|Volume 6 Issue 54 Published - 14:00 UTC 08:00 EST 23-Feb-2004 Next Update - 14:00 UTC 08:00 EST 24-Feb-2004||Editor: Susan K. Boyer, RN
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Corporate downsizing may pose severe health risks
Organizational downsizing, sickness absence, and mortality: 10-town prospective cohort study
Corporate downsizing (reduction in personnel) may increase sickness absence and the risk of death from cardiovascular disease in employees who keep their jobs, shows new research from Finland.
Researchers identified 22,430 municipal employees in four Finnish towns, who kept their jobs during a national recession between 1991 and 1993. Rates of sickness absence and deaths were monitored for over seven years.
Major downsizing (more than 18% reduction in personnel) was associated with an increase in sickness absence in permanent employees but not in temporary employees.
Employees who had experienced major downsizing were also twice as likely to die from cardiovascular disease, particularly during the first four years after downsizing.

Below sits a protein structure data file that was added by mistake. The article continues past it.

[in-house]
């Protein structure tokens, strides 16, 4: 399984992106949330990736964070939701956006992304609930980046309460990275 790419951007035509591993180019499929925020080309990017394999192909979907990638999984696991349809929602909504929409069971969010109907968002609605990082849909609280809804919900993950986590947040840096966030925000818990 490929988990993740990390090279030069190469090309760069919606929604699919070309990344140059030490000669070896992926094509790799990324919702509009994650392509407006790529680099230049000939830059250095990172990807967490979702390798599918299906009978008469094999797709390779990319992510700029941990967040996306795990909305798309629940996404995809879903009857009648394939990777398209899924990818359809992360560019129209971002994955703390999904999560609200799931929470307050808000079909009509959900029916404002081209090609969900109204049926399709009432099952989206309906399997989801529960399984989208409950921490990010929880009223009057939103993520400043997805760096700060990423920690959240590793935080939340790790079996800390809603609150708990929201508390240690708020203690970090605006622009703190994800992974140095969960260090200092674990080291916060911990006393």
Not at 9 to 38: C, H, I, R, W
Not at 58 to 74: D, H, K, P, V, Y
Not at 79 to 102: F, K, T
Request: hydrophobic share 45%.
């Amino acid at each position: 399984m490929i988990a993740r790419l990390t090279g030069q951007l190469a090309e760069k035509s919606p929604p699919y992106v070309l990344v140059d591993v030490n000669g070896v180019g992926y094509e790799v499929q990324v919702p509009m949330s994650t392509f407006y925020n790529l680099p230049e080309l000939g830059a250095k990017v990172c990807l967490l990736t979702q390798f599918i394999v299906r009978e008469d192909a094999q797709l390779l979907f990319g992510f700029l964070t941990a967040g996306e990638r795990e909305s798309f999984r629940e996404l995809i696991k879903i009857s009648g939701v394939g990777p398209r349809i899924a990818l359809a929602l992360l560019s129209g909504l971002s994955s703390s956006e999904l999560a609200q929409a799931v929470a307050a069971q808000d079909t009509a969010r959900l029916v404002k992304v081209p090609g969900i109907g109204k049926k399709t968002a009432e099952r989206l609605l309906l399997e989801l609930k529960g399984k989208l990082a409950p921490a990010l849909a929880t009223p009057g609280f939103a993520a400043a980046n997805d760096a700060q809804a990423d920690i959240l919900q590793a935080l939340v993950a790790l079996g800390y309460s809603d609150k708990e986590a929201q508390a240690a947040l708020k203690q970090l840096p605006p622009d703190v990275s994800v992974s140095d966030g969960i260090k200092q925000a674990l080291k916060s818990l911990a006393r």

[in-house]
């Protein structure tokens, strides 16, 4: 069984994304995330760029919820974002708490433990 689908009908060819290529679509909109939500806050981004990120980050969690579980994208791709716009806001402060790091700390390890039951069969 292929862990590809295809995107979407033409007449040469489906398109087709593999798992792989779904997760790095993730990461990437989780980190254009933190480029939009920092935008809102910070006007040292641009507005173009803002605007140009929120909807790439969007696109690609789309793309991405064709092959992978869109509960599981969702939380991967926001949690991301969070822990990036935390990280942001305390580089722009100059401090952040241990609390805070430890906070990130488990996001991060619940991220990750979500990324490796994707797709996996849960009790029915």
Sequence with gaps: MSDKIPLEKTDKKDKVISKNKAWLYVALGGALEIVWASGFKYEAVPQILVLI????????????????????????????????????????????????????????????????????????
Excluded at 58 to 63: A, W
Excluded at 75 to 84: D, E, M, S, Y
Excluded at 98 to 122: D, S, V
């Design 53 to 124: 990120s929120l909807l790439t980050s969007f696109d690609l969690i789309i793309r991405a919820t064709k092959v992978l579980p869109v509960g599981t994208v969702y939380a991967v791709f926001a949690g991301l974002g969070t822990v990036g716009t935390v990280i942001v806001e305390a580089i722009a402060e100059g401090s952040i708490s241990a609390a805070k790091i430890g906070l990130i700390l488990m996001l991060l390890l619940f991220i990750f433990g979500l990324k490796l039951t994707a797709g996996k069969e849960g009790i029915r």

These results should be interpreted within the framework of work stress, say the authors. For instance, downsizing may act as a trigger for fatal cardiovascular disease and a prognostic factor in people with pre-existing cardiovascular disease.
In the global economy, downsizing has become an increasingly important trend. Policy makers, employers, and occupational health professionals should recognise that downsizing may pose a severe risk to health, they conclude.
Click here to view full paper: http://press.psprings.co.uk/bmj/february/downsizing.pdf